Cockatiel

A bird owner's guide to the cockatiel

Advertiser Links for Cockatiel
[what's this?]

The cockatiel, the smallest species of cockatoo, makes an excellent pet choice. They have a long history of domestication, display a docile and quiet nature, and are resistant to many of the viruses that afflict larger species of talking bird, like the parrot.

Origins and Natural Habitat

Native to Australia, the cockatiel was first bred in captivity shortly after the species was first identified by naturalist Robert Kerr in 1792. Its scientific name is Nymphicus hollandicus, drawn from the bird's original connections with mythical nymphs (thanks to their beauty) and their Australian origins; the word hollandicus refers to Australia's historical name, New Holland.

Appearance and Characteristics

Size: A typical pet-quality cockatiel is about 12 to 14 inches in length; show-quality birds are 1 to 2 inches larger. Their weight ranges from about 3½ to 5½ ounces.

Plumage: The common domesticated cockatiel has gray feathers with a yellow chest crest and white patches on both wings. Males have white or yellow faces; females have gray or light gray faces. Both sexes also have orange cheek patches, which are brighter and richer in males and more subdued in females.

Song/Chirp: The song of the cockatiel is an important part of the bird's behavior and socialization, and ranges from a few shrill notes to complex musical phrases. Melodic and rhythmic, the songs of cockatiel birds are used by males in mating rituals and to establish dominance in the pecking order. Other common cockatiel sounds include mimicry, both of human voices and of environmental noises. However, these birds don't display the range or depth of human mimicry demonstrated by the parrot or myna bird.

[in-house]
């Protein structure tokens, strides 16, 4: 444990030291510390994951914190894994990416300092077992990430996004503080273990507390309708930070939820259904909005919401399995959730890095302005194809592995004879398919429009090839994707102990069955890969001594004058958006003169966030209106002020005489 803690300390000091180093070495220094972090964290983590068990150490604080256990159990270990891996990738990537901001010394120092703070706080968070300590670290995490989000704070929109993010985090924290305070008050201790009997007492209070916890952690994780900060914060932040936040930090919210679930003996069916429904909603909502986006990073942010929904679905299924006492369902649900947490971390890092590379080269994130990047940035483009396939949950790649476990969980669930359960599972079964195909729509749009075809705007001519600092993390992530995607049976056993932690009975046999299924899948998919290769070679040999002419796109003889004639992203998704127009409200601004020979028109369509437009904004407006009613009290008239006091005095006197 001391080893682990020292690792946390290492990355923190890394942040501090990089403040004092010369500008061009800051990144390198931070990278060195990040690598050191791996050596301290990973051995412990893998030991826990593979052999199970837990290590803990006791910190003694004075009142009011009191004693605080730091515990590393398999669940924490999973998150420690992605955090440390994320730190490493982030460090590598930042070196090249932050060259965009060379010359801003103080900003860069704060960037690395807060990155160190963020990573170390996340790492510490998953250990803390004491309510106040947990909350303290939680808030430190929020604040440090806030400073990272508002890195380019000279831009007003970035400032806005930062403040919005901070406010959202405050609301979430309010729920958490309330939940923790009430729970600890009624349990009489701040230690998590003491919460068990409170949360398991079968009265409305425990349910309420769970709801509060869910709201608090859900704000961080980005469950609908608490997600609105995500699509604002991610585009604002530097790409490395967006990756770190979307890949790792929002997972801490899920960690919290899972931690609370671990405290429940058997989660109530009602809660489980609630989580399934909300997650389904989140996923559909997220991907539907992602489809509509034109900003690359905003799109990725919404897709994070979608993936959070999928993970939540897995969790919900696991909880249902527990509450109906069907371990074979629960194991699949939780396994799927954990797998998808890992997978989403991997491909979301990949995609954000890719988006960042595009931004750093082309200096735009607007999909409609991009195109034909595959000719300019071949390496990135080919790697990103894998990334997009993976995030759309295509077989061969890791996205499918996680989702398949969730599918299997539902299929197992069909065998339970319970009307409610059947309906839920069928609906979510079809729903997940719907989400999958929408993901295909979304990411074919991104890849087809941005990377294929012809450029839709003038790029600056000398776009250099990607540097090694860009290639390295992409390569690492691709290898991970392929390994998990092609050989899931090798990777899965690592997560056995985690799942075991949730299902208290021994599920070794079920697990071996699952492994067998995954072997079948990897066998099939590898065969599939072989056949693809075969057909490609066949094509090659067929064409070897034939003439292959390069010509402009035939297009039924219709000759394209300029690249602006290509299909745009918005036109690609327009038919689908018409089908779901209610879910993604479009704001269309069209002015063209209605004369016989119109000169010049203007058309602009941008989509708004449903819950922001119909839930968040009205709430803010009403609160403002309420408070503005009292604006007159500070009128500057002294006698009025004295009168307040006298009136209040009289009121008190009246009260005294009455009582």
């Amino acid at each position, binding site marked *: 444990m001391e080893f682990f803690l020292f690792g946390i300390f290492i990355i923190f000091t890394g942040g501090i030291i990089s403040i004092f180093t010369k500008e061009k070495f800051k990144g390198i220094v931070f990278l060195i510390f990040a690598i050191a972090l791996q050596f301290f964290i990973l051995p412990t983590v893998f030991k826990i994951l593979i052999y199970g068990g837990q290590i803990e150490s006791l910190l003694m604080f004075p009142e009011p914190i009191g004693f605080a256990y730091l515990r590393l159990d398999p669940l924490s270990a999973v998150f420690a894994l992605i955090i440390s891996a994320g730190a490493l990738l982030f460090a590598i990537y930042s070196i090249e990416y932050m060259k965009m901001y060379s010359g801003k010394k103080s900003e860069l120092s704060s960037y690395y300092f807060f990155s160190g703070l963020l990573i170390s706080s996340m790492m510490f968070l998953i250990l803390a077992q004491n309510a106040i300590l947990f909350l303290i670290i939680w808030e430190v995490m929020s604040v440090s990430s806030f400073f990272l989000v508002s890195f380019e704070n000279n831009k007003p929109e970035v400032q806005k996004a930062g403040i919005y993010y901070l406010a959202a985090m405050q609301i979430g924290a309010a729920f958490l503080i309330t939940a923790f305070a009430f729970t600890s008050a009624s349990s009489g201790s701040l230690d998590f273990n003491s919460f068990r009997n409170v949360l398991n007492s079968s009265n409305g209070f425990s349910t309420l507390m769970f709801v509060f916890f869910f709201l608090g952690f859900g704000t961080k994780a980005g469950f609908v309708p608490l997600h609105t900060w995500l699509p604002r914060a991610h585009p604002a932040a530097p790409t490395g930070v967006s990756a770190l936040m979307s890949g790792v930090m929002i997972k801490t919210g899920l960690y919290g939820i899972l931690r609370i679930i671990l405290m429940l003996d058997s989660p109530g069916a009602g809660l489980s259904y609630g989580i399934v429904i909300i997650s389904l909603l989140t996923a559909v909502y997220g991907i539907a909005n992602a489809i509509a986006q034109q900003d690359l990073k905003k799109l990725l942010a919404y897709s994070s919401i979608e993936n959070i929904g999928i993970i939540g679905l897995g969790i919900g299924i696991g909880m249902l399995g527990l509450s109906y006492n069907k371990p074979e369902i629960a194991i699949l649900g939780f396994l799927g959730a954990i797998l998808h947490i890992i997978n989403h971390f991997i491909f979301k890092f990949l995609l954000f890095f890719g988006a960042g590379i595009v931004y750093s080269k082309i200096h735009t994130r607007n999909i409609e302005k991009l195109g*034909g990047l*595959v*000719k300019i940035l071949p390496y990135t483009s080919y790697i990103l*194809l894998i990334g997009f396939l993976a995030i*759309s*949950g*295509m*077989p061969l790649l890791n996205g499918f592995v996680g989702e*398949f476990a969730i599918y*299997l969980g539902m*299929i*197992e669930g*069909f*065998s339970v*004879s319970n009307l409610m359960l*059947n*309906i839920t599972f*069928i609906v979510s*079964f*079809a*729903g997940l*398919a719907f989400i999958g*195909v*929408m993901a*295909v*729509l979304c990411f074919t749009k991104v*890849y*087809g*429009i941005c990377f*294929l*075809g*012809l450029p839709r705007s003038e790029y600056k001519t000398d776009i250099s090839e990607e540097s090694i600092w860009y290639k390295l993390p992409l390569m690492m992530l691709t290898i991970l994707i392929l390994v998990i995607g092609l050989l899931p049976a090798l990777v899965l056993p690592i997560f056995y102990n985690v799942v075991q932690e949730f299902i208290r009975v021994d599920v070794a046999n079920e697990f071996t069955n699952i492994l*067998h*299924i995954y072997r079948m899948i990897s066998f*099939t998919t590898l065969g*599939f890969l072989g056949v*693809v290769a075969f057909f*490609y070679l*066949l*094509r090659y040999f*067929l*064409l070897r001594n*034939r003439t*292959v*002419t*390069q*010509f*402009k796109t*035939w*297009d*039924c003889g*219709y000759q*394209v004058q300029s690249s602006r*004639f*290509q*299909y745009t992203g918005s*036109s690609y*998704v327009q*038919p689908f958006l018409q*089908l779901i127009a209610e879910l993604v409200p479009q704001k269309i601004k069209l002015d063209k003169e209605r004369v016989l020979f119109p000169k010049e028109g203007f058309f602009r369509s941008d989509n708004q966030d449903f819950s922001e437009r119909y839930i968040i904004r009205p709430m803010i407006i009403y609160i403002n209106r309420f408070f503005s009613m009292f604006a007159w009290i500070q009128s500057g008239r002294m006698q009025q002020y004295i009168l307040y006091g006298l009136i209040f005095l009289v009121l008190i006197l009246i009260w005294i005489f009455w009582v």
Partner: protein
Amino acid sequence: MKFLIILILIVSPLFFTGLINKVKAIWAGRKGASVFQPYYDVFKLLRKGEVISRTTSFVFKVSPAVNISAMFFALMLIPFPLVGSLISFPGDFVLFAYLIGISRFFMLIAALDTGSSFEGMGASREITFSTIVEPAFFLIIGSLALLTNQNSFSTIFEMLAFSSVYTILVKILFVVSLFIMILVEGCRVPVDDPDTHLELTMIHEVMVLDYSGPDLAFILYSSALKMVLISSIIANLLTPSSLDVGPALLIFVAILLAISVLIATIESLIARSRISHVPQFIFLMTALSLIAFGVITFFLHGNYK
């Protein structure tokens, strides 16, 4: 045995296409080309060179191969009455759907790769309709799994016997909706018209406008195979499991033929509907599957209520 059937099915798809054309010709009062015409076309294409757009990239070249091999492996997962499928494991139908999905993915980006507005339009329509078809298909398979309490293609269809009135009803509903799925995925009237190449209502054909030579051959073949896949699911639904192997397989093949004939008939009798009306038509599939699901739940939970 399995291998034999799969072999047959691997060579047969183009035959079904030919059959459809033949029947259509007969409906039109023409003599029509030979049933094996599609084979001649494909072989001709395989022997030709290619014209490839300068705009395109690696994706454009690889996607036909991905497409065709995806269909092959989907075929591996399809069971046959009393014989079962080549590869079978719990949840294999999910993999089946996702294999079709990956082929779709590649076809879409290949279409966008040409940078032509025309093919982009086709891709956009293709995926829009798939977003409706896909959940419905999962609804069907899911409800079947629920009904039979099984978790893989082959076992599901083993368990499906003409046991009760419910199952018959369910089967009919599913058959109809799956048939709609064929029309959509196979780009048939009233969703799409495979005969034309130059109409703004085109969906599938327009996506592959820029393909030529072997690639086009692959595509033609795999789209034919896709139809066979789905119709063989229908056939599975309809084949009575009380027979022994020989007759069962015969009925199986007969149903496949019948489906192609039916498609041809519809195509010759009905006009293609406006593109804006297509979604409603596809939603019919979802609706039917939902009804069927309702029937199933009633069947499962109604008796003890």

Behavior

Cockatiel breeding experts note that these birds are among the gentlest domesticated birds in the world and are well-known for their sweet, social dispositions. Proper cockatiel care should include natural branches as part of the cage furniture, as these birds love to pick at and peel the bark off of wood. Good cockatiel cages also include perches of varying diameters, which help stretch the bird's feet properly.

Being intelligent, cockatiels also love to play with bird toys. Investing in a selection of playthings will help keep your pet happy and can prevent the development of problematic behavioral tendencies.

Health and Care

Feeding: Seeds, cuttlebone, millet, and fresh fruits and vegetables should all be incorporated into the diet of a cockatiel. Choose a bird food brand with the input of a veterinarian or bird expert.

Grooming: Like most other domesticated birds, cockatiels will look after most of their grooming needs on their own. Provide a birdbath with clean water, and trim the nails occasionally. Little else should be needed, other than perhaps an annual clipping of the wing feathers.

Health Concerns: Cockatiel birds need regular screening for chlamydiosis, a type of respiratory infection. Bear in mind that this illness can be transmitted to humans as well, so exercise care when handling a bird you suspect may be ill. Also, take care not to let cockatiels stretch their wings in your kitchen, as kitchens contain all sorts of potential hazards for birds.

Life Expectancy: The average life expectancy of a healthy, well-fed and regularly exercised cockatiel is 15 to 20 years.

Finding Cockatiels for Sale

Breeding cockatiels is a well-established science, and you should look for a bright-eyed bird with smooth plumage and good posture on its perch. Pet stores with cockatiels for sale generally charge between $20 and $100 for a bird. Also, bear in mind that cockatiel training is made much easier if you choose a baby bird that's been hand-fed and socialized with humans from the time of its birth.